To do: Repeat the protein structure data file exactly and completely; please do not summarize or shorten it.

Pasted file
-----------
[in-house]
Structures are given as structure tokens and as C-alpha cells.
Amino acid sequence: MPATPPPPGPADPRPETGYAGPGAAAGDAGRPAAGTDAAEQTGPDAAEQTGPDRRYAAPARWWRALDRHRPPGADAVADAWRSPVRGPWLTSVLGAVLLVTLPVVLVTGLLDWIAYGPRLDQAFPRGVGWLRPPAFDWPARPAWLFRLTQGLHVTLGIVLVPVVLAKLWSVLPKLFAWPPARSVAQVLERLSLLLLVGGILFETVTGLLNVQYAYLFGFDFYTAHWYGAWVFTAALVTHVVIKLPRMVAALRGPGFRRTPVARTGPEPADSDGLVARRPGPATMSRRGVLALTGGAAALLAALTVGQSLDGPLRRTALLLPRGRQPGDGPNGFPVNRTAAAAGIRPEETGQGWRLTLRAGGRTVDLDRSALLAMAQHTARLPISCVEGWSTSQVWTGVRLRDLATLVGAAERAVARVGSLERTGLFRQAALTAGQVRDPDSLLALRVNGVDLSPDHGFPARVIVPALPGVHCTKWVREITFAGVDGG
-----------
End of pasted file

[in-house]
Structures are given as structure tokens and as C-alpha cells.
Amino acid sequence: MPATPPPPGPADPRPETGYAGPGAAAGDAGRPAAGTDAAEQTGPDAAEQTGPDRRYAAPARWWRALDRHRPPGADAVADAWRSPVRGPWLTSVLGAVLLVTLPVVLVTGLLDWIAYGPRLDQAFPRGVGWLRPPAFDWPARPAWLFRLTQGLHVTLGIVLVPVVLAKLWSVLPKLFAWPPARSVAQVLERLSLLLLVGGILFETVTGLLNVQYAYLFGFDFYTAHWYGAWVFTAALVTHVVIKLPRMVAALRGPGFRRTPVARTGPEPADSDGLVARRPGPATMSRRGVLALTGGAAALLAALTVGQSLDGPLRRTALLLPRGRQPGDGPNGFPVNRTAAAAGIRPEETGQGWRLTLRAGGRTVDLDRSALLAMAQHTARLPISCVEGWSTSQVWTGVRLRDLATLVGAAERAVARVGSLERTGLFRQAALTAGQVRDPDSLLALRVNGVDLSPDHGFPARVIVPALPGVHCTKWVREITFAGVDGG